Many of these studies have been criticized for including severely infected individuals. In people with acute hepatitis B (meaning they have been recently infected), up to 90% will shed the virus on their own without treatment.
Only a small number will progress to a chronic hepatitis B virus infection, and some may never have symptoms.
Note: Claims that eucalyptus extract can "cure" or "treat" hepatitis B do not mean that chronic hepatitis B virus infection is not only incurable, but modifiable. in their progression.
This was echoed in a 2011 review in the Cochrane Database of Systematic Reviews, in which the investigators asserted that "there is no convincing evidence that cephalosporins, with placebo, benefiting patients with chronic HBV infection."
Diep Ha Chau has long been used in alternative medicine to prevent and treat kidney stones (also known as kidney stones). There is some evidence to support this claim.
According to a 2018 study in the Brazilian International Journal of Urology, 56 adults with kidney stones who received a series of intravenous chlorophyllin niruri extract had a 37.5% reduction in the size of the stones after 12 weeks.
Furthermore, the infusion reduced uric acid and urinary oxalate levels that contribute to stone development (suggesting that chlorophyll may also help prevent kidney stones). There is little evidence that chlorophyllin taken by mouth can provide the same effect.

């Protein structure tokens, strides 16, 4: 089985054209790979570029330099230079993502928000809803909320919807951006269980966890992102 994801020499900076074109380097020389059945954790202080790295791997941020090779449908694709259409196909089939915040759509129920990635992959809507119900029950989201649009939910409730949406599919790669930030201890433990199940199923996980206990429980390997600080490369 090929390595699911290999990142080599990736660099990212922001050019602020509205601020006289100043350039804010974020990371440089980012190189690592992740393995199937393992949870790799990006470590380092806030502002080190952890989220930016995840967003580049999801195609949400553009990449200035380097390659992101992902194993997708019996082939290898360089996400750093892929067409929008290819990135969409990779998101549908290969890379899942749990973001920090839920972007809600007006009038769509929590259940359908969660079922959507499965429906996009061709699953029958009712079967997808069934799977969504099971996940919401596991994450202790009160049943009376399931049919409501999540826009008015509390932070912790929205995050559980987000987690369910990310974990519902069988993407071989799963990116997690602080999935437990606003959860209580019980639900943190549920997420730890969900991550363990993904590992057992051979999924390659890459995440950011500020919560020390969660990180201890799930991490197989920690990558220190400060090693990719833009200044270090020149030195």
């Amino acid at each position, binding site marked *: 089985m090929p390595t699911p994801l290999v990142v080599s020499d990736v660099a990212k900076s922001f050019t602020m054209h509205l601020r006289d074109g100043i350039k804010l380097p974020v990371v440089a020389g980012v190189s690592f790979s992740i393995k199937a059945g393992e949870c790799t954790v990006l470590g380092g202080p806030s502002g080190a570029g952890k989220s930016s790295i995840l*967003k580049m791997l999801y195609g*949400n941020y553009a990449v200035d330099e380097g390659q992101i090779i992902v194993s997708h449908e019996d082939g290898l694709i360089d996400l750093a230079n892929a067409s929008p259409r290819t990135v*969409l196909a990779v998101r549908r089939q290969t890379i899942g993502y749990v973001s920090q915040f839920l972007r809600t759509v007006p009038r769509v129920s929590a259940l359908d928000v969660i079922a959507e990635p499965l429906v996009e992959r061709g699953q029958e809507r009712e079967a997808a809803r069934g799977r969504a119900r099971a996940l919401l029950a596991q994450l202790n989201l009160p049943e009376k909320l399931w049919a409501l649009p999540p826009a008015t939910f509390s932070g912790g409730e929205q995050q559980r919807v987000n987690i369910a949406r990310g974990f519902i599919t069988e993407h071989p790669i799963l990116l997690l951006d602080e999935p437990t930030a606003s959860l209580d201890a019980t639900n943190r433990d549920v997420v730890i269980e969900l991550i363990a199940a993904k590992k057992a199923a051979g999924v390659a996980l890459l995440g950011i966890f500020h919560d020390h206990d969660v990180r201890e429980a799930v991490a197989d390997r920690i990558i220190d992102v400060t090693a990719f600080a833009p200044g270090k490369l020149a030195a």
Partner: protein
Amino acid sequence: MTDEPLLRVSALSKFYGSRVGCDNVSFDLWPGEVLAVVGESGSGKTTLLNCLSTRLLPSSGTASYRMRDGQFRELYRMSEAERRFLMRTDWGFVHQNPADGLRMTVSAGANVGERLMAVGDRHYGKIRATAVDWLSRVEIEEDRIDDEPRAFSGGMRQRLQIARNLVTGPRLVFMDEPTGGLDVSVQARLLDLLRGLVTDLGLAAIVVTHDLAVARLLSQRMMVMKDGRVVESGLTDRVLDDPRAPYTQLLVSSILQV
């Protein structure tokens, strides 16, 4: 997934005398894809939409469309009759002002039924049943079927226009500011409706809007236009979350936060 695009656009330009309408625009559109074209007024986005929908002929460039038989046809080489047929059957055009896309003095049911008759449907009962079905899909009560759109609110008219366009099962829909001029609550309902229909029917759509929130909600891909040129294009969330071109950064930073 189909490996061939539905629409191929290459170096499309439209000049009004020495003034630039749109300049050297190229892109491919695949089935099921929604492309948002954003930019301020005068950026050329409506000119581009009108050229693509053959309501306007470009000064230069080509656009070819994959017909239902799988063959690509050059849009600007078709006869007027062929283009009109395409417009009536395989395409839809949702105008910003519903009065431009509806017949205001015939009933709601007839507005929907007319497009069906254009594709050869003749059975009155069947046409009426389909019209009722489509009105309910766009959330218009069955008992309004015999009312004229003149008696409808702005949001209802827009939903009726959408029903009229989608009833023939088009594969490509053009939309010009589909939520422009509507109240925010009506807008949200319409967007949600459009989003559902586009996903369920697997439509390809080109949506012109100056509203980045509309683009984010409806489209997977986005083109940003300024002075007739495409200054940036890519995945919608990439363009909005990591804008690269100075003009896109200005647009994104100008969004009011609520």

Some scientists believe that the plant has anti-tumor properties, which could one day lead to the development of a new cancer drug.
A 2010 study published in the journal Phytotherapy Research evaluated the effects of phyllanthus (also known as Indian moringa) extract on human cancer cell lines. In a series of animal and test-tube experiments, scientists reported that extracts of chlorophyll can slow tumor growth by inducing apoptosis (programmed cell death). process) in a variety of cancer cells.
Unlike normal cells that undergo apoptosis (so that old cells can be replaced by new ones), cancer cells are effectively "immortal" and do not undergo apoptosis. .
The results appear to be encouraging, as many plant-based substances can trigger apoptosis in vitro. The herb was able to reduce tumor size by 50% in mice suggesting that it could have real-world applications. More research is needed.
Possible side effects
Although chlorophyll has been used for centuries in traditional Vietnamese and Chinese medicine, little is known about its long-term safety. Side effects are usually mild and may include abdominal pain and diarrhea.
Because there are not many studies, should avoid using chlorophyll in children, pregnant and lactating women. It should also be avoided in people with Wilson's disease because it can further reduce uric acid levels and increase the risk of liver damage.
Research has shown that phyllanthin can bind to platelet receptors and inhibit blood clotting. Therefore, chlorophyll should not be used with an anticoagulant such as Plavix (clopidogrel) as this may lead to increased bleeding and easy bruising.